Tldr: Look at the coffee cup in front of you. Do you have lots of liquid in this coffee cup? That is not at all what liquidity means. Please ask your parents to schedule a conference for next week.

In a similar vein, Ryan S. Gladwin wrote about best-execution trading, a more obscure concept than liquidity, but one that’s integral to Hedgehog’s competitive go-to-market plan. Ryan interviewed our CTO Colton Dillion to dig into the details:

In traditional finance, you might use a price comparison website to find the best deal to get an asset. The same should apply when buying a token. So if I want to buy Dogecoin, what is the cheapest option? Coinbase? Kraken? A combination of the two? Etc.

Well, unfortunately, this doesn't happen in the crypto space. When purchasing at an exchange (e.g. Binance) they'll only look for the best price within their self-contained ecosystem, not the entire market.

This is mostly because of the relationship between users and crypto exchanges as well as uneven regulatory regimes across the world. In order for you to efficiently get the best price at any given time, you must manually scour every exchange.

In short, best-execution trading is when your service provider — like, oh, perhaps an investment advisor called Hedgehog plus our partner Hopscotch — analyzes the whole market to find you the absolute best price. It can get pretty complicated:

Let's say you want to trade Litecoin for Nano — a trading pair that doesn't normally exist. Normally, you’ll need to buy USDT and then trade it for Nano. However, to get you the best deal, Hedgehog might not take the most direct route to make this trade.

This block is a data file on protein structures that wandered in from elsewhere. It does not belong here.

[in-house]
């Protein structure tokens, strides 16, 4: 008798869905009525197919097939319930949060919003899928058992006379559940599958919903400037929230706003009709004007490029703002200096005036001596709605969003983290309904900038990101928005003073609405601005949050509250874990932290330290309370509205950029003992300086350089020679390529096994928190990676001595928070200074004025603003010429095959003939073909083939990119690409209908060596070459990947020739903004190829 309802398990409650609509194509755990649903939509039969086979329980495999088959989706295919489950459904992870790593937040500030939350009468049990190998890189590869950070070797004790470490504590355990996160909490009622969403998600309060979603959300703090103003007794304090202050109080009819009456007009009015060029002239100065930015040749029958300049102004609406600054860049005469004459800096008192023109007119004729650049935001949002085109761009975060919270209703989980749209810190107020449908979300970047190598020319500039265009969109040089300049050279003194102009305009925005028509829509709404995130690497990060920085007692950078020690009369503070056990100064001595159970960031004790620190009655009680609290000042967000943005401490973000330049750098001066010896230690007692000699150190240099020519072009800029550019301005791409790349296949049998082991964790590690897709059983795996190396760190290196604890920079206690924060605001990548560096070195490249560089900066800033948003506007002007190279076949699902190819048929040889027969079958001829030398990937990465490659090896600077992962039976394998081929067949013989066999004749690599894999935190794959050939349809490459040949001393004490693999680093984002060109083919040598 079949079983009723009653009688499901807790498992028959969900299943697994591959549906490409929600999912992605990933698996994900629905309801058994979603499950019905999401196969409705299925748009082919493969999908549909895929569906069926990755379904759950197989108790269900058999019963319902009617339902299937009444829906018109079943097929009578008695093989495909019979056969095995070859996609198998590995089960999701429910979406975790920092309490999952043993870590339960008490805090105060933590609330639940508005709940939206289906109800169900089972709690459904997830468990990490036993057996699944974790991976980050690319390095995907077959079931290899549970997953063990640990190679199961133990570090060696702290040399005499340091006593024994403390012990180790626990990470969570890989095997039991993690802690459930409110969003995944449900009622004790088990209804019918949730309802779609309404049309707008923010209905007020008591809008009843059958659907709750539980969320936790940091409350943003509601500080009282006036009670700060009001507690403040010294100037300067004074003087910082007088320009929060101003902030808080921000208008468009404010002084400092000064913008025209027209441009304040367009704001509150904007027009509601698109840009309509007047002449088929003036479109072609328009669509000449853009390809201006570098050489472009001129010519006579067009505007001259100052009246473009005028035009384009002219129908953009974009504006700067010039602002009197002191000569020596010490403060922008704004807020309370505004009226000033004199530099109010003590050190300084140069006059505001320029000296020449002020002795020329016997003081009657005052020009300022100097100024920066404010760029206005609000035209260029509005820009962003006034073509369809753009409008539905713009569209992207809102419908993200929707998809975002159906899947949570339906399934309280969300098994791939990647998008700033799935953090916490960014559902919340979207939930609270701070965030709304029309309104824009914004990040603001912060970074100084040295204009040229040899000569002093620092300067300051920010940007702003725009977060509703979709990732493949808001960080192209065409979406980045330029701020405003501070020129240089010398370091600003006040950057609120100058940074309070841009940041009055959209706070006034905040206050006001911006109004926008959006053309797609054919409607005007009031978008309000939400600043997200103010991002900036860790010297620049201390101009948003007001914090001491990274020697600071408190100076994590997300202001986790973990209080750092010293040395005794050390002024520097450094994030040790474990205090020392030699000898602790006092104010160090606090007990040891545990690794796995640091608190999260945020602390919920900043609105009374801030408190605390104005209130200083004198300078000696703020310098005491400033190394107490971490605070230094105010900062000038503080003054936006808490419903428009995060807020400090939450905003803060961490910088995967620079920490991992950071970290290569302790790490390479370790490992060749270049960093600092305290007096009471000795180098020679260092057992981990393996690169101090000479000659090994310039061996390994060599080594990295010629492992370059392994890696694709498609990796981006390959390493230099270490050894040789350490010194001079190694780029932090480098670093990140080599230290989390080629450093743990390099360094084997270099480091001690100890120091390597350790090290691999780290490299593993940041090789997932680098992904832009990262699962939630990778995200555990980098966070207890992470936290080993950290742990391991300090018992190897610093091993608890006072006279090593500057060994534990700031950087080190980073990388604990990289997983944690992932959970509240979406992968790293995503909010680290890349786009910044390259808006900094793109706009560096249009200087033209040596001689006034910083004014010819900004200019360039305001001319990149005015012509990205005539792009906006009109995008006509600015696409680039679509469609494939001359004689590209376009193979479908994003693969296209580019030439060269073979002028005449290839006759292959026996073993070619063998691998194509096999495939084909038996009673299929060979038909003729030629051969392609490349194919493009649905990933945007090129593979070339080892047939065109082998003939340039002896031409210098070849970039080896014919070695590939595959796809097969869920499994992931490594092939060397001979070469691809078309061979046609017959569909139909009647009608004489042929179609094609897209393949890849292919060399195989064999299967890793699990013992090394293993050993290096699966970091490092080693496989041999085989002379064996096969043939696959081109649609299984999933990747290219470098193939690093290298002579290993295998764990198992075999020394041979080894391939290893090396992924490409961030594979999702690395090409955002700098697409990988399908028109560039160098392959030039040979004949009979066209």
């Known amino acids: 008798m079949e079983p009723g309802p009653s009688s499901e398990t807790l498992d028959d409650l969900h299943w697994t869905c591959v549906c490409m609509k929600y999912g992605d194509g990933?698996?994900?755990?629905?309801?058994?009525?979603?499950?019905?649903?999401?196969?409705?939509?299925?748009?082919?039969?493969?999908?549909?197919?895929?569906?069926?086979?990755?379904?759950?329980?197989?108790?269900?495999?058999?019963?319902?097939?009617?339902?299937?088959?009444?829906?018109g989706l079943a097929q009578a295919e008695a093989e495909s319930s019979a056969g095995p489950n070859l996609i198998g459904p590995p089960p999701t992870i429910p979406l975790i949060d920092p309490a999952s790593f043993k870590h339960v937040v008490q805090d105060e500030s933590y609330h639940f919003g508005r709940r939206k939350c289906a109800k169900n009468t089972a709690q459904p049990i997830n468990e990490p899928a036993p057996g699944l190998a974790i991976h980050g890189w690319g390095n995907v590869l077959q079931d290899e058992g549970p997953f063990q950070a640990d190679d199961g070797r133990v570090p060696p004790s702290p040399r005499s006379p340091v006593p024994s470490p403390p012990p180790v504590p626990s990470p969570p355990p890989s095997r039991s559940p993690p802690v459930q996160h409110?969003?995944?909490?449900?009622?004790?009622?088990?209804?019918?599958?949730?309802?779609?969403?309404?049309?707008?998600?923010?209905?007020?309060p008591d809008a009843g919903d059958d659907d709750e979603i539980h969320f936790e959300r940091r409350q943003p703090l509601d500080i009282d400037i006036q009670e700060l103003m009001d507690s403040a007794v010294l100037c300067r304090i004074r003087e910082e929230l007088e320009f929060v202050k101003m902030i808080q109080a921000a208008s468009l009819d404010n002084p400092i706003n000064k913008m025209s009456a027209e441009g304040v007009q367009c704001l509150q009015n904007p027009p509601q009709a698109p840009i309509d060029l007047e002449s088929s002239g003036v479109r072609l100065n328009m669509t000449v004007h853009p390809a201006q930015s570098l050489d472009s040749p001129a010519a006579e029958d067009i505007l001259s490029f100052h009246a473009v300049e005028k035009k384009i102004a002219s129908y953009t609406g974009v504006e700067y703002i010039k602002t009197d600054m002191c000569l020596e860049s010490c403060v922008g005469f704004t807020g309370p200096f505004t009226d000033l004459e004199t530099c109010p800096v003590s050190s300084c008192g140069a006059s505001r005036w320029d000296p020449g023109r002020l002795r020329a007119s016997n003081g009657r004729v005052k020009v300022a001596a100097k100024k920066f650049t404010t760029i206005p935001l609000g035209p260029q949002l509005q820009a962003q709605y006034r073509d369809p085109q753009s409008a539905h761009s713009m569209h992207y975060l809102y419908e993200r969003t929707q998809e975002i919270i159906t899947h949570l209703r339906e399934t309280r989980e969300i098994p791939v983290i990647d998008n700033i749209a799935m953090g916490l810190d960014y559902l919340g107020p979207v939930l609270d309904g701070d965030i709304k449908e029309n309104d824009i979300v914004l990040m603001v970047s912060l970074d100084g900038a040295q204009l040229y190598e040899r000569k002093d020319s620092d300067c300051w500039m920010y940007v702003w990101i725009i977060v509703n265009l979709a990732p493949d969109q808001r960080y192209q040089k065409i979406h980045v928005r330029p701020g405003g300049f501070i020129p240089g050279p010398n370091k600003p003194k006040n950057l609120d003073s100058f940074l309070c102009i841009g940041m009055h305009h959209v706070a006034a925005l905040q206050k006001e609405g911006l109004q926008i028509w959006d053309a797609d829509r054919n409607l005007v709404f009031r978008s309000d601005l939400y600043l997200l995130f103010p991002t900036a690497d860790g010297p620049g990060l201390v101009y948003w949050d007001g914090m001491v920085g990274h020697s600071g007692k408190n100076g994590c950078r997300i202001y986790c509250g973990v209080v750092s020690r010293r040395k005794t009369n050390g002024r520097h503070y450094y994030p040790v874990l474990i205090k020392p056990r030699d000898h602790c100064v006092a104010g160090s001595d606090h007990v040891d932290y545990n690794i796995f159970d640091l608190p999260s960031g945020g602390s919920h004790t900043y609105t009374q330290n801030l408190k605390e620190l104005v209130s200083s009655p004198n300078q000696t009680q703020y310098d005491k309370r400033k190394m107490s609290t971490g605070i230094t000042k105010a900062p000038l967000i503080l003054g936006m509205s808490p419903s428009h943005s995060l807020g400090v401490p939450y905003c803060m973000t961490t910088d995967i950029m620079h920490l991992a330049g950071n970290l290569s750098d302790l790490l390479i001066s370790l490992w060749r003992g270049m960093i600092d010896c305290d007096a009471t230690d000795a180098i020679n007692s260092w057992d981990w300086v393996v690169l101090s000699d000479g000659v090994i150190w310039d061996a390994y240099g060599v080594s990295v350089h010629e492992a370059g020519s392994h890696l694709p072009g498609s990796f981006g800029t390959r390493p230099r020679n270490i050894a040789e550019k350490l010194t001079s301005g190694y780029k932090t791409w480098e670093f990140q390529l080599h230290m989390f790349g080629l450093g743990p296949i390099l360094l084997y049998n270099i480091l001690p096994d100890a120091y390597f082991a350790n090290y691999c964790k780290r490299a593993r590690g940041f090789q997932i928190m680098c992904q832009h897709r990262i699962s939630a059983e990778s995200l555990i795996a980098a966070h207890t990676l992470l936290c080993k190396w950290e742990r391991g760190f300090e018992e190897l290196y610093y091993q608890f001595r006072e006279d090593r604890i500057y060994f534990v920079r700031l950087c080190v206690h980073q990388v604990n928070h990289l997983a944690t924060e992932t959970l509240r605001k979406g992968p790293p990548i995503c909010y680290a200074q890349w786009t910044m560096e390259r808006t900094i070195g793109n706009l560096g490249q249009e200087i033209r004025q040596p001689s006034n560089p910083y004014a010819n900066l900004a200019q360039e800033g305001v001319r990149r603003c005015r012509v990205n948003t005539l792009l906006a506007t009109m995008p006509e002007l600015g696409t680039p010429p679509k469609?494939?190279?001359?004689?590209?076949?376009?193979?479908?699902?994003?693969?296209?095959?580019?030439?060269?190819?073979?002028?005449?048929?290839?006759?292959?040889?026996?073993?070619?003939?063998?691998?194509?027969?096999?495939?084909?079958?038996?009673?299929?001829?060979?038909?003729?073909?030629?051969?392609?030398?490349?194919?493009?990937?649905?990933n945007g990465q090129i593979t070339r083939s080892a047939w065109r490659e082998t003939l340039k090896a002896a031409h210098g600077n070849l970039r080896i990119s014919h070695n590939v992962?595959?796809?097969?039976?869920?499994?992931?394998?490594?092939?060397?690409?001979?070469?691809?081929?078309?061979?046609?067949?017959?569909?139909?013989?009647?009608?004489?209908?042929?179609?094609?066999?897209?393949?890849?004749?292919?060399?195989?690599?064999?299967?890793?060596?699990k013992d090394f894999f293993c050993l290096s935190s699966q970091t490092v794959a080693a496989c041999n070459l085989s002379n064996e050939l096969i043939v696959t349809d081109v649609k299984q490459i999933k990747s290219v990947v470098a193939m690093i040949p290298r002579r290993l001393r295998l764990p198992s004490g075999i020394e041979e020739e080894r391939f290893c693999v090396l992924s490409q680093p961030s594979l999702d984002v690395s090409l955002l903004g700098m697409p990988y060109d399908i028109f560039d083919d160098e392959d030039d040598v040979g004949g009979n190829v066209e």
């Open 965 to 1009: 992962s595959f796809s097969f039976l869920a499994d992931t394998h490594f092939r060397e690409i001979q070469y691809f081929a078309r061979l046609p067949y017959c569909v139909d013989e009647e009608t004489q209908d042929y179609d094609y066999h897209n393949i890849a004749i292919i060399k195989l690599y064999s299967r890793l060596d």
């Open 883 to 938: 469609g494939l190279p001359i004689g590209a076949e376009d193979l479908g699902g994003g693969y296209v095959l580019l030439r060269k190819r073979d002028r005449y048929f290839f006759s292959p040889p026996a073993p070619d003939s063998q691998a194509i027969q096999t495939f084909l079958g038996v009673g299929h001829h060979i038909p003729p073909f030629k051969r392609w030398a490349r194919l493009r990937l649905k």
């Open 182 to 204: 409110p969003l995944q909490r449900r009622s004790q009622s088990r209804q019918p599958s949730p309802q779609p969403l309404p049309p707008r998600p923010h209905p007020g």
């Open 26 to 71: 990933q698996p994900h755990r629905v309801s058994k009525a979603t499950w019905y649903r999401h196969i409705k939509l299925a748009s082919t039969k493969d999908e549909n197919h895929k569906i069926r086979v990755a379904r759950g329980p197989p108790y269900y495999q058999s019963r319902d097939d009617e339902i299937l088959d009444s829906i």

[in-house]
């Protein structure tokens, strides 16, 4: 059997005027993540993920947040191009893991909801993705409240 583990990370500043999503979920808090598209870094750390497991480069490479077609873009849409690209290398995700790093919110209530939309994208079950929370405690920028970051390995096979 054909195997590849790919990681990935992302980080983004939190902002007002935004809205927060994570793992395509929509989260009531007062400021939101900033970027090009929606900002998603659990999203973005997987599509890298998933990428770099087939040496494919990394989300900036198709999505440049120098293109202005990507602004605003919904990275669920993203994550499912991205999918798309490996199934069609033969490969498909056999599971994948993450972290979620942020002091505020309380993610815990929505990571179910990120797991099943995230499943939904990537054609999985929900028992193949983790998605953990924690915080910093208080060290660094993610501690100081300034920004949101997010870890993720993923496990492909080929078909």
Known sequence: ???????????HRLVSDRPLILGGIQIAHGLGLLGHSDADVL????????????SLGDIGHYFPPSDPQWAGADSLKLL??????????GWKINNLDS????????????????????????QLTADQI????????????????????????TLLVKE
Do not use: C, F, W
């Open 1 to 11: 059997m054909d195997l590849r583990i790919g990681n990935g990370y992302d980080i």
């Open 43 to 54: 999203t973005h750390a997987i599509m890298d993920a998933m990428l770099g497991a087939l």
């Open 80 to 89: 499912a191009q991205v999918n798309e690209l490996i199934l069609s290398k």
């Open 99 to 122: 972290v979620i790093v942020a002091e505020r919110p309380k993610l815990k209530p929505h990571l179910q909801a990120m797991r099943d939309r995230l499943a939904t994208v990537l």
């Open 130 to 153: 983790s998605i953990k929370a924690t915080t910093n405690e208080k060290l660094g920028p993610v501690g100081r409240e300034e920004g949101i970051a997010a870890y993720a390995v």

So, instead of going from Litecoin to USDT to Nano, we may go from Litecoin to USDT to BTC to Nano because it will result in the best price for you.

And that’s just an example, sometimes there are like 16 hops to get the best price on a given trade. There’s way more, read all about it!

Tldr: Oh you thought the test was over? Forgot to check the back of the last page didn’t ya. I’m concerned. Please ask your parents to move up their previously scheduled conference with me.

Before letting you go, I have a weird productivity tip to share: Listen to the same song over and over again on repeat while you’re grinding away at code (or whatever you do). Maybe this is more of a coping mechanism than a tip? 😅 But apparently I’m not alone!

In past newsletters I’ve mentioned “Blinding Lights” by the Weeknd. Yes, I’m still listening to it. But another favorite is “Magic in the Hamptons” by Lil Yachty (a.k.a. Lil Boat). Stay cruising brother.

Giveaway question of the week:
What finance or crypto concept should we dig into next on the Hedgeblog?

It could be a principle that you understand and find fascinating, or one that you’re baffled by and want to see unpacked, either type of suggestion is very welcome.

More like litquidity ayyyyy,
— Taylor